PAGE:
New figures show Saanich lagging behind both Victoria and Langford in new housing starts.
Saanich, with a 2016 population of 114,148, recorded 598 new housing starts of all types between January and October 2017 – up from 423 new starts during the same period in 2016, according to Housing Now Tables as released by the Canadian Mortgage and Housing Corporation (CMHC).
Both Victoria and Langford, however, outpaced Saanich.
Langford, with a 2016 population of 35,342, recorded 882 new housing starts, up from 783 over the same period. Victoria, with a 2016 population of 85,7920, recorded 899 new starts, up from 782 from the same period.
Read differently, Saanich recorded fewer new housing starts than Victoria and Langford both in absolute and per capita terms, with Langford leading all three communities in terms of per capita growth.
These housing starts speak to larger demographic trends in the region. Langford’s population in 2016 rose by almost 21 per cent compared to 2011, whereas Saanich’s population rose by four per cent during the same period. Victoria’s population, meanwhile, grew by 7.2 per cent.
These figures roughly confirm the larger theory that the outer communities of the Capital Regional District (CRD) will grow faster than the communities in the inner core like Victoria and Saanich, with more established, but also more expensive urban forms. But they also point to nuances and raise questions. While smaller and denser than Saanich, Victoria appears to be growing faster than Saanich, even as Victoria has higher real estate costs than Saanich.
One clue to this question appears in the Preliminary Housing Start Data for December 2017, as released by CMHC. Of the 3,700 new housing starts recorded in the Greater Victoria area between January and November 2017, 824 qualified as single-detached homes — the rest as multi-family homes, with many concentrated in the urban core. Langford, meanwhile, recorded by far the highest number of completed single-detached homes among the CRD communities with 224 between January and October 2017.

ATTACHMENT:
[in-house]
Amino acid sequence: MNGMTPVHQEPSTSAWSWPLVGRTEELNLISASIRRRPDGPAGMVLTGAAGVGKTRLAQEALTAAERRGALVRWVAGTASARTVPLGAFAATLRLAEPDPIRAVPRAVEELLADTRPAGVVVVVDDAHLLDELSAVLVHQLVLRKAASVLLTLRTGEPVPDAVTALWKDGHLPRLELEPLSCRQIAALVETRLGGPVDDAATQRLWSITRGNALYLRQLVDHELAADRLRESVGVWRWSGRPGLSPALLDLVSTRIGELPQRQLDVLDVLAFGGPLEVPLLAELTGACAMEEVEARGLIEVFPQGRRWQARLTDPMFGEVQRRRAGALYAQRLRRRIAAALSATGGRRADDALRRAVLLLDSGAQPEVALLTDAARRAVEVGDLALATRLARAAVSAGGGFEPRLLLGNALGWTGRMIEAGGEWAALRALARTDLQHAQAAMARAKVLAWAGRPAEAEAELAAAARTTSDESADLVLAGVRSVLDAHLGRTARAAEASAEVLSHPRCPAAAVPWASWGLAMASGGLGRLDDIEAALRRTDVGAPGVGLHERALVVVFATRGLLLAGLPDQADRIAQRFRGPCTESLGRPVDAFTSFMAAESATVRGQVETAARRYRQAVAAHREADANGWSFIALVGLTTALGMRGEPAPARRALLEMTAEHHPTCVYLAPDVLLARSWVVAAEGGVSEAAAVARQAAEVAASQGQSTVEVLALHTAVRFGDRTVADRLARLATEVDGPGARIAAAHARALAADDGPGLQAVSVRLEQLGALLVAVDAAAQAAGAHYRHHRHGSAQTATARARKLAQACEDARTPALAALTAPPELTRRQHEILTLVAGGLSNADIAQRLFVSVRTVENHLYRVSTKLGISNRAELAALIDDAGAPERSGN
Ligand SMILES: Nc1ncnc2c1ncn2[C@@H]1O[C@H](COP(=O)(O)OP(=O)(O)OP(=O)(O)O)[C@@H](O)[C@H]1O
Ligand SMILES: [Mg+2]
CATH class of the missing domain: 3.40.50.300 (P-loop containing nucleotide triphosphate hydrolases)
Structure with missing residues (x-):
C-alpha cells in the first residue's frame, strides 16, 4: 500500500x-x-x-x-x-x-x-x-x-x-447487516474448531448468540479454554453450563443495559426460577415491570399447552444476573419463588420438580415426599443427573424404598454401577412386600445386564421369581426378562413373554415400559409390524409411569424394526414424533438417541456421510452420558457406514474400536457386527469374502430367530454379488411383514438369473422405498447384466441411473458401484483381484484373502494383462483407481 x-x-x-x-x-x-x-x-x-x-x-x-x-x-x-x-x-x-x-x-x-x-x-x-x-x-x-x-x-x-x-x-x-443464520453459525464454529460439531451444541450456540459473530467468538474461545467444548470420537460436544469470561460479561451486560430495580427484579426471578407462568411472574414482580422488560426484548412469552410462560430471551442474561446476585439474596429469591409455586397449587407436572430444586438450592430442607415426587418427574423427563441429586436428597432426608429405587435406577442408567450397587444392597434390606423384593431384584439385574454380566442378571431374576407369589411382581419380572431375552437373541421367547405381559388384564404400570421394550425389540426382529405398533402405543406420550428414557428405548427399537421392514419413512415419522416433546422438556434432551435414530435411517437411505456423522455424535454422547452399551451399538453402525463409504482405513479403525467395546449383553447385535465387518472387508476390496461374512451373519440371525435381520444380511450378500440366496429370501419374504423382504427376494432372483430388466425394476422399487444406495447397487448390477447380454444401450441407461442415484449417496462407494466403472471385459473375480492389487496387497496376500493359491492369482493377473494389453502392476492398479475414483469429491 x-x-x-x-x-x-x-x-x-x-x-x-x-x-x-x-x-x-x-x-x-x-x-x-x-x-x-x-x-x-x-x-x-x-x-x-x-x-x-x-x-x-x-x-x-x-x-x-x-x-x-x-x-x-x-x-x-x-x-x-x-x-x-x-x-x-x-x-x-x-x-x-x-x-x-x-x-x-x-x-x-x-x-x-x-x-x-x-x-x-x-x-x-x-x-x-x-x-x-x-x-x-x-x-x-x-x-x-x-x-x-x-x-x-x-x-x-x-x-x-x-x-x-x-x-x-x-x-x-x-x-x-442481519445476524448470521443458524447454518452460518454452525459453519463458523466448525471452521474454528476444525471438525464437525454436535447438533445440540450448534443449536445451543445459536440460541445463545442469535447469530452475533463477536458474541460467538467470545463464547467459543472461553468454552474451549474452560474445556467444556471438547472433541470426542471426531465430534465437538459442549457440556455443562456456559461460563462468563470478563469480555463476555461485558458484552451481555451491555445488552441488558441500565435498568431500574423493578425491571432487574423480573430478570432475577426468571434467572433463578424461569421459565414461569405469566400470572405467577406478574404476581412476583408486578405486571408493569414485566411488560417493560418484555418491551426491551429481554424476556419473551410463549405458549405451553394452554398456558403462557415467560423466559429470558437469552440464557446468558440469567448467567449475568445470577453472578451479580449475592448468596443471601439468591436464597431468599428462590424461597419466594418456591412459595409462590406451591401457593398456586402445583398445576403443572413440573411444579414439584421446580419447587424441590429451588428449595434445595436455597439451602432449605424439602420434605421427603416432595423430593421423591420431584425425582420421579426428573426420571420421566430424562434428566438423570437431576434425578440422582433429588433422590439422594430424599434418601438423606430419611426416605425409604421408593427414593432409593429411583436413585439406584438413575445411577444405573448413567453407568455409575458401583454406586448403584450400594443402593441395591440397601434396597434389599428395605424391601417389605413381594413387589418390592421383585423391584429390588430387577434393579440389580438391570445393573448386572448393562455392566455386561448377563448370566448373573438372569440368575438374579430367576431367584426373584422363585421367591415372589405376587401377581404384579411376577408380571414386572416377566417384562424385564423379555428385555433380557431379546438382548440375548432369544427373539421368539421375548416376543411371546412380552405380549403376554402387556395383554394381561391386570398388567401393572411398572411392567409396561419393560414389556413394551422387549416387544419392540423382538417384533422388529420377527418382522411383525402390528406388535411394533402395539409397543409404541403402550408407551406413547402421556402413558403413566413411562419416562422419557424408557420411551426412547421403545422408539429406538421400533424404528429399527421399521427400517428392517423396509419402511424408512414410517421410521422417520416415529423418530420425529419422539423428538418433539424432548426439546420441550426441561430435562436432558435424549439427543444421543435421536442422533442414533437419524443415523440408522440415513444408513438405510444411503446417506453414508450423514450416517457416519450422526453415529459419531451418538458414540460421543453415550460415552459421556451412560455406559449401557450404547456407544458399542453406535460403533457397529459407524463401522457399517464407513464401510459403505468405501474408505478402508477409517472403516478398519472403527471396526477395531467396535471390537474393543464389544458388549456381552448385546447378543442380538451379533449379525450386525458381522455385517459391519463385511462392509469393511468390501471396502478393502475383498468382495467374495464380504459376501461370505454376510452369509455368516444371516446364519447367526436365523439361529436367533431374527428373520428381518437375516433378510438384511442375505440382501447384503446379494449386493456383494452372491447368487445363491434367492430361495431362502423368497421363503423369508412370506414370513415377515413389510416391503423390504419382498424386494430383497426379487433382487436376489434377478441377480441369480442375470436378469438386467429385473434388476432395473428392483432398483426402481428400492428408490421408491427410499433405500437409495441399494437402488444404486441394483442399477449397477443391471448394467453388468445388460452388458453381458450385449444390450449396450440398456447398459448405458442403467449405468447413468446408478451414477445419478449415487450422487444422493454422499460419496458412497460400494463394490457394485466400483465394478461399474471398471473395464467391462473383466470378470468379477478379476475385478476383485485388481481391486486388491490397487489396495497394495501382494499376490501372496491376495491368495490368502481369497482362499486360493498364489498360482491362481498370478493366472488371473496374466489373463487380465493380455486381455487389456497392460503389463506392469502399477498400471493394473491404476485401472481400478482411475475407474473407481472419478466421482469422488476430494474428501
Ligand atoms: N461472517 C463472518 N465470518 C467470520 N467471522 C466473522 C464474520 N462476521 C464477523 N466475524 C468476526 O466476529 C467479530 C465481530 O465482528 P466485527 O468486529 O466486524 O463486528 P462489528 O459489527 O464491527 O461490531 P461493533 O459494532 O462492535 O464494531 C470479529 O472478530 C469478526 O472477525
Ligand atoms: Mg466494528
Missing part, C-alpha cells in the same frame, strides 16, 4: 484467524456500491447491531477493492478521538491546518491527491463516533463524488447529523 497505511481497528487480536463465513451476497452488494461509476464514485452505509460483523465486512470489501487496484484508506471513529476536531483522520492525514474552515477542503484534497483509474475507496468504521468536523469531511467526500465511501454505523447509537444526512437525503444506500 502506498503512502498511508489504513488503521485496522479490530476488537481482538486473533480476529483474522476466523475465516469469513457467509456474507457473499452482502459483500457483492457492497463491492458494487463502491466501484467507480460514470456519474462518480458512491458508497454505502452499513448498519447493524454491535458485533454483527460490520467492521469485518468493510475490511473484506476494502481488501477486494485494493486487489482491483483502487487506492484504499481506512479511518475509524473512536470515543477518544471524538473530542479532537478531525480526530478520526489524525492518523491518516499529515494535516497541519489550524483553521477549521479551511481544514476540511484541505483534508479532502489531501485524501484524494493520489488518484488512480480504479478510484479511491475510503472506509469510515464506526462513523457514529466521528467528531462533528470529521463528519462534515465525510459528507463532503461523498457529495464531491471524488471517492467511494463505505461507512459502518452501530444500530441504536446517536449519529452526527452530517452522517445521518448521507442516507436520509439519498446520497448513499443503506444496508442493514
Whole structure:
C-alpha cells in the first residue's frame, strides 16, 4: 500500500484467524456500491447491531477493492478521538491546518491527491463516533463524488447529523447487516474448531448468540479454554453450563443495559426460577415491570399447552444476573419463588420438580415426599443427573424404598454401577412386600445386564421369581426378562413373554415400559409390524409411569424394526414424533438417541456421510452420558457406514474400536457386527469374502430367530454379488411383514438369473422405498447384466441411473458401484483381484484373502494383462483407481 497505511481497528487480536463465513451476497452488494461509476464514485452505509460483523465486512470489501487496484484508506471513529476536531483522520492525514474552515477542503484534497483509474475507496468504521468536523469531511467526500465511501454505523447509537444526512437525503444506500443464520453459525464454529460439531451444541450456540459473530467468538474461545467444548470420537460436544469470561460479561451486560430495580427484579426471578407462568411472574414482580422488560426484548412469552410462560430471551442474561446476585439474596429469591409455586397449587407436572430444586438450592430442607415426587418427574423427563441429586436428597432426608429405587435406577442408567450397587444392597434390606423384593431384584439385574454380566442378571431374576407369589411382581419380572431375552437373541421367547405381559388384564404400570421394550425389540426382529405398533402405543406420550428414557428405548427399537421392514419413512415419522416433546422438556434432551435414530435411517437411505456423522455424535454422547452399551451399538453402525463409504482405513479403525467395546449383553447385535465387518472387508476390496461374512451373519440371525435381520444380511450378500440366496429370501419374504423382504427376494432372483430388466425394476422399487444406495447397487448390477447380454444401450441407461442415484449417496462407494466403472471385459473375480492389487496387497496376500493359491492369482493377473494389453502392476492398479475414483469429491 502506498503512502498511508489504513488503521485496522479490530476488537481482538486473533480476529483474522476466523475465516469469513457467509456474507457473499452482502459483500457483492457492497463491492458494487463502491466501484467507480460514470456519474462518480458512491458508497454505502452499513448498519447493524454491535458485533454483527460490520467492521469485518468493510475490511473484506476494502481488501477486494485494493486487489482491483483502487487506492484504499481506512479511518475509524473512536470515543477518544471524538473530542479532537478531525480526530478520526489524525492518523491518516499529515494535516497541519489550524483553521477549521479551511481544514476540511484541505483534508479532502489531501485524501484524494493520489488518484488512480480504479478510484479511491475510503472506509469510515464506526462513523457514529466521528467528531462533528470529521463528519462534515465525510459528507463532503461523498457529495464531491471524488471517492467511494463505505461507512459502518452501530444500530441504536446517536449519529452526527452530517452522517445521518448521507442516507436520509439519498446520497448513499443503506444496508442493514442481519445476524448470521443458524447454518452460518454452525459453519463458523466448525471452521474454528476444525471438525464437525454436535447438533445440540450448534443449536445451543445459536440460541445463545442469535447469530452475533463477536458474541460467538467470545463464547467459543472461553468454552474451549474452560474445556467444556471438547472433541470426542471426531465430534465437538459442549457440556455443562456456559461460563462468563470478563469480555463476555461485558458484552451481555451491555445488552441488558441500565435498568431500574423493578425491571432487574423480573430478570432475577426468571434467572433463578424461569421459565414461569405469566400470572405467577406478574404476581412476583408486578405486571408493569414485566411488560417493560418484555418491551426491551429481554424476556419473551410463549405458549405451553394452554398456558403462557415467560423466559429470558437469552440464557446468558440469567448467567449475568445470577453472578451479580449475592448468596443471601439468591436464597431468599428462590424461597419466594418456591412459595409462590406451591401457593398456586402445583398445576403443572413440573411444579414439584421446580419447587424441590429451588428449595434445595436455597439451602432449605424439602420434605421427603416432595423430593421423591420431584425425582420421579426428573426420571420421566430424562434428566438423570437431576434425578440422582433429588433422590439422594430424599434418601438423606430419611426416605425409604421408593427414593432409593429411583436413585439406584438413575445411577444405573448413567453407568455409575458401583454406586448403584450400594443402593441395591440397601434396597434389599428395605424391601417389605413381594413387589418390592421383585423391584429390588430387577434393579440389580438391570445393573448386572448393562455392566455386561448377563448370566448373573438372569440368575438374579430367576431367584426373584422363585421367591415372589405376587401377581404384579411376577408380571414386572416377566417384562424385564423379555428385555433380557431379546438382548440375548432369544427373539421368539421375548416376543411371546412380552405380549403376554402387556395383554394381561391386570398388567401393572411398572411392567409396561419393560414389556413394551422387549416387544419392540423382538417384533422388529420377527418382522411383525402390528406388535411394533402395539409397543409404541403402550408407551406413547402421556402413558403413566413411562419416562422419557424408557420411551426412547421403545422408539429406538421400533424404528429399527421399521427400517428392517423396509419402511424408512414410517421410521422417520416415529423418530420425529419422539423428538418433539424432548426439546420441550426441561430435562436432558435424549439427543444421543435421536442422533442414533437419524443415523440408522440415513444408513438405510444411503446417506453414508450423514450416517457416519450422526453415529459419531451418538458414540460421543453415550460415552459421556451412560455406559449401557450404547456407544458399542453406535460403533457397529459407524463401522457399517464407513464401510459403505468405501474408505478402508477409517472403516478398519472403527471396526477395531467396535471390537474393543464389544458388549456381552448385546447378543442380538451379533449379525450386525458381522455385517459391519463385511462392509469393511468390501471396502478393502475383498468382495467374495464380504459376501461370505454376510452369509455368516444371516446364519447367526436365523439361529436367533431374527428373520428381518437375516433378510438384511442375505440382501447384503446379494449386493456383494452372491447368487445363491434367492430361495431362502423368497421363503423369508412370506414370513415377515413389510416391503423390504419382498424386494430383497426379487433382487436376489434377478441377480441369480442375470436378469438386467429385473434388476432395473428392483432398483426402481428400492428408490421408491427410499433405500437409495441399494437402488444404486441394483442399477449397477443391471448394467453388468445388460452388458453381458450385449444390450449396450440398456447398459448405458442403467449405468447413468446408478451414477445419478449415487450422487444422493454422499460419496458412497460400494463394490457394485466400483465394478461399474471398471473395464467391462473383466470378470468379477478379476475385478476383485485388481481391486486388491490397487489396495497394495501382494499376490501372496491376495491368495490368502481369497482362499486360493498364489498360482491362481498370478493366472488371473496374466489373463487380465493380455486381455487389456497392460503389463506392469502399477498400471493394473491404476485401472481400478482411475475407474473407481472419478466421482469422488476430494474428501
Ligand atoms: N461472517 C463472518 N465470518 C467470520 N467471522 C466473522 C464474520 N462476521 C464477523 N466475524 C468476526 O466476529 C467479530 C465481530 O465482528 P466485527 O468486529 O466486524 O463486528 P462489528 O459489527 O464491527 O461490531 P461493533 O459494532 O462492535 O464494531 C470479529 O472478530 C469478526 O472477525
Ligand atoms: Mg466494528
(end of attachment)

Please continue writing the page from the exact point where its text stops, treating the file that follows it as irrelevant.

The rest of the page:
Recent statistics also draw to two other phenomenon. The construction of rental properties has increased in the Greater Victoria area. CMHC recorded the construction of 1,400 rental units across the region between January and October 2017.
Overall, these figures suggest a shift away from single-detached homes towards multi-family units. But if this development represents a change, the market remains over-valued, according to CMHC.
“CMA housing market trends continued to indicate a high degree of vulnerability,” the CMHC writes in the Housing Market Assessment: Fourth Quarter 2017. “Single-detached home sales declined, nudging the market towards balanced conditions, but overheating persisted due to continued elevated sales volumes for apartments and town homes.”